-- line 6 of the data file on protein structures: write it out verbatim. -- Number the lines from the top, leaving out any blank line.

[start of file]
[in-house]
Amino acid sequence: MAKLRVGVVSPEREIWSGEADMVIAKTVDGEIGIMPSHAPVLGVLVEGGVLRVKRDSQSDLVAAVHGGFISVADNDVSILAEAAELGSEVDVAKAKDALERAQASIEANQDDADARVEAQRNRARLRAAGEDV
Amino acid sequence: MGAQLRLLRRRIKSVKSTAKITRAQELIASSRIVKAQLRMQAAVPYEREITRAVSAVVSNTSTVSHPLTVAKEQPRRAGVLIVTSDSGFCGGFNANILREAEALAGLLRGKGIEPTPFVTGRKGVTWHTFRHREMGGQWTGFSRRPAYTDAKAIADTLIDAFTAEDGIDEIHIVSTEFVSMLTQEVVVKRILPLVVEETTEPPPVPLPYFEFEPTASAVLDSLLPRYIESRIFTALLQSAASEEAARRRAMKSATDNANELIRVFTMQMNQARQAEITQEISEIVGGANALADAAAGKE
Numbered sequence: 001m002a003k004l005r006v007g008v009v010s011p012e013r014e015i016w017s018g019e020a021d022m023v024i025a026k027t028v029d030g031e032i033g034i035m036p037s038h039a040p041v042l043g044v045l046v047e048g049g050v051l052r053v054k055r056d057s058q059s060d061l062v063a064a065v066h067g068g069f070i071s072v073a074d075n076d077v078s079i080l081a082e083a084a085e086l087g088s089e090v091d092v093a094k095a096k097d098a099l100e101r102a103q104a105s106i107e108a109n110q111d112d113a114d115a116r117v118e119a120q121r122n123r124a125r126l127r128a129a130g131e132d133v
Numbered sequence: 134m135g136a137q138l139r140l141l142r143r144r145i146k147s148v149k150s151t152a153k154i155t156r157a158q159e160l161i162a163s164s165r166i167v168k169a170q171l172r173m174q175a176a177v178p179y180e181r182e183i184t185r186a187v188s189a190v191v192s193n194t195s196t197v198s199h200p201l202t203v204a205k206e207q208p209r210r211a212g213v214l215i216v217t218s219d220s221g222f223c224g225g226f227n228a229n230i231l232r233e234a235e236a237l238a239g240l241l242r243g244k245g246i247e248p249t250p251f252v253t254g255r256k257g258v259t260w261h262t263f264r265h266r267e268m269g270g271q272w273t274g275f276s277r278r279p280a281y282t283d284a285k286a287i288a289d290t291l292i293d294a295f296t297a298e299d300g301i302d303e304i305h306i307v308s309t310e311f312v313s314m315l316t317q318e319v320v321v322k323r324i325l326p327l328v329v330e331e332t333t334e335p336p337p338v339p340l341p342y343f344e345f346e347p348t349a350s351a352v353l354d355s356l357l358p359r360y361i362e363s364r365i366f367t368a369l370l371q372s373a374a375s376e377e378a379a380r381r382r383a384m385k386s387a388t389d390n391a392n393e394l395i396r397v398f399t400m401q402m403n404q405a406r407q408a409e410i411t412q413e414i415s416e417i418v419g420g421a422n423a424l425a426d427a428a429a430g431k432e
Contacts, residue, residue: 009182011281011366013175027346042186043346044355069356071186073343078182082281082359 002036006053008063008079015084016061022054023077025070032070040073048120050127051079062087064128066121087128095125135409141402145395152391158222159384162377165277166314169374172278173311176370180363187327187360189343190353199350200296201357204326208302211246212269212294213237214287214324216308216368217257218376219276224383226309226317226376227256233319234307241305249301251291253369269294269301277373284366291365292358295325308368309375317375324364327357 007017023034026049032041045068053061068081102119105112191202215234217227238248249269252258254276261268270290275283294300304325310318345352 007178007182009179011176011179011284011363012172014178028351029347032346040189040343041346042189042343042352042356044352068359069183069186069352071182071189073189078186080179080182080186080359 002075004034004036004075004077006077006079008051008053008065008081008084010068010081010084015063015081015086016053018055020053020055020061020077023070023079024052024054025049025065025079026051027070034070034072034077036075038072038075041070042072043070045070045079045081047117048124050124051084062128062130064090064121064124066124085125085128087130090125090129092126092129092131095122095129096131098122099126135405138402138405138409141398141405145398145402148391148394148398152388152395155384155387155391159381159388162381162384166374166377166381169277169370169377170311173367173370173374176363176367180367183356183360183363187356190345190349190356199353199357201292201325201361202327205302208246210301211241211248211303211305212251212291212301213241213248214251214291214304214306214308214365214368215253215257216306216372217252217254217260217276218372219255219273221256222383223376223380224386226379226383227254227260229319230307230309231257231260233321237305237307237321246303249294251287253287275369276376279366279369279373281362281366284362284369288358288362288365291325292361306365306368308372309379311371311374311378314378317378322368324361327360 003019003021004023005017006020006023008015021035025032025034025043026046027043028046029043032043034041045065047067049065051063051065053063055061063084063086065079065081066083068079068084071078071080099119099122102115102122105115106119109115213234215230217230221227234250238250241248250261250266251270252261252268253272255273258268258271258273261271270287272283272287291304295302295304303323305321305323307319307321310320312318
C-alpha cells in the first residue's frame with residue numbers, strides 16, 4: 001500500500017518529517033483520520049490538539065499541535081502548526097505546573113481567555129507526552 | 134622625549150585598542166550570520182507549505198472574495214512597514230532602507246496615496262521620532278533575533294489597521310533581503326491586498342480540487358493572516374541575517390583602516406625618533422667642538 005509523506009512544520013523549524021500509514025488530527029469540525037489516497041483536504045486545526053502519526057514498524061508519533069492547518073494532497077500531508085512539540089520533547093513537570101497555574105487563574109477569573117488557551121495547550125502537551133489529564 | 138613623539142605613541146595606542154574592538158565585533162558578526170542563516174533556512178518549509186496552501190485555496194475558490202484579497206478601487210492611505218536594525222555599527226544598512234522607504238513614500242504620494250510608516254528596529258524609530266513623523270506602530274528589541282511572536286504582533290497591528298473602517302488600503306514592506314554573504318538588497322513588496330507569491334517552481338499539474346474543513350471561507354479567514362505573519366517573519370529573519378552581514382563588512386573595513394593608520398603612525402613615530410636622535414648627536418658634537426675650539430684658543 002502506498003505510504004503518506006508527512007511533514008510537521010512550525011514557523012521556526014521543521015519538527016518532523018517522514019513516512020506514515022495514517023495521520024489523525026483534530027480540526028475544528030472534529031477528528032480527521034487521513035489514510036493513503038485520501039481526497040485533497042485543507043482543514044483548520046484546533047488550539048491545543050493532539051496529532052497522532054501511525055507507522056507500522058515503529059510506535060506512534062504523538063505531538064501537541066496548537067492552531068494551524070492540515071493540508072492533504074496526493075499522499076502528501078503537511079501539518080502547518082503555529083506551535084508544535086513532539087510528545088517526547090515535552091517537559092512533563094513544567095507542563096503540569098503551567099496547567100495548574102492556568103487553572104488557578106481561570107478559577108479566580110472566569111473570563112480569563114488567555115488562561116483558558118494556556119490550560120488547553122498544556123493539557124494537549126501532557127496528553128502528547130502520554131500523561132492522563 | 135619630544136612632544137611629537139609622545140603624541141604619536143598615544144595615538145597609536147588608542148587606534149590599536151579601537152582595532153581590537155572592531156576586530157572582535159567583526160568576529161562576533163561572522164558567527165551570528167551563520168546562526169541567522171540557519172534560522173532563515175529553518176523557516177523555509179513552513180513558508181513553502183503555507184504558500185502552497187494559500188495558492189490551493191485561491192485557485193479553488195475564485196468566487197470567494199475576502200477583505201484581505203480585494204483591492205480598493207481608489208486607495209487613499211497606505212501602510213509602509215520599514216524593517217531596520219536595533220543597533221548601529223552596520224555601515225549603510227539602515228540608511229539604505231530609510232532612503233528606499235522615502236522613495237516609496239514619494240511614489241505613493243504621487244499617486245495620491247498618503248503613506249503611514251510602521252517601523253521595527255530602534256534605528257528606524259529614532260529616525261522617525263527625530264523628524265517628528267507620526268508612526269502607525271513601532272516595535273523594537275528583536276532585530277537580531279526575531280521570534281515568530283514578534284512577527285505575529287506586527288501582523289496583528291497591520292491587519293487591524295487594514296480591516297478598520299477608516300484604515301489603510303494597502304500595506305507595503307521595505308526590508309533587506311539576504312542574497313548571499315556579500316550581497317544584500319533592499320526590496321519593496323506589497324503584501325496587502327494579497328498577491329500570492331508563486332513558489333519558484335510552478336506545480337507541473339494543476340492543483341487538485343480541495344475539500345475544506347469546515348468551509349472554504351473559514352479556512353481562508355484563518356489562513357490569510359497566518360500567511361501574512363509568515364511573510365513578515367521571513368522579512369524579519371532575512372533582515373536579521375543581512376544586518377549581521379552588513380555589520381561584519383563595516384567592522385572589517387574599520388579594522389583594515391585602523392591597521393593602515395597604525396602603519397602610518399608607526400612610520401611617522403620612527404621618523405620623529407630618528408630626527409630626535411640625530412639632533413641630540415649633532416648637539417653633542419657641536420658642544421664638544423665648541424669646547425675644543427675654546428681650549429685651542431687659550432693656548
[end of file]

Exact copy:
Contacts, residue, residue: 009182011281011366013175027346042186043346044355069356071186073343078182082281082359 002036006053008063008079015084016061022054023077025070032070040073048120050127051079062087064128066121087128095125135409141402145395152391158222159384162377165277166314169374172278173311176370180363187327187360189343190353199350200296201357204326208302211246212269212294213237214287214324216308216368217257218376219276224383226309226317226376227256233319234307241305249301251291253369269294269301277373284366291365292358295325308368309375317375324364327357 007017023034026049032041045068053061068081102119105112191202215234217227238248249269252258254276261268270290275283294300304325310318345352 007178007182009179011176011179011284011363012172014178028351029347032346040189040343041346042189042343042352042356044352068359069183069186069352071182071189073189078186080179080182080186080359 002075004034004036004075004077006077006079008051008053008065008081008084010068010081010084015063015081015086016053018055020053020055020061020077023070023079024052024054025049025065025079026051027070034070034072034077036075038072038075041070042072043070045070045079045081047117048124050124051084062128062130064090064121064124066124085125085128087130090125090129092126092129092131095122095129096131098122099126135405138402138405138409141398141405145398145402148391148394148398152388152395155384155387155391159381159388162381162384166374166377166381169277169370169377170311173367173370173374176363176367180367183356183360183363187356190345190349190356199353199357201292201325201361202327205302208246210301211241211248211303211305212251212291212301213241213248214251214291214304214306214308214365214368215253215257216306216372217252217254217260217276218372219255219273221256222383223376223380224386226379226383227254227260229319230307230309231257231260233321237305237307237321246303249294251287253287275369276376279366279369279373281362281366284362284369288358288362288365291325292361306365306368308372309379311371311374311378314378317378322368324361327360 003019003021004023005017006020006023008015021035025032025034025043026046027043028046029043032043034041045065047067049065051063051065053063055061063084063086065079065081066083068079068084071078071080099119099122102115102122105115106119109115213234215230217230221227234250238250241248250261250266251270252261252268253272255273258268258271258273261271270287272283272287291304295302295304303323305321305323307319307321310320312318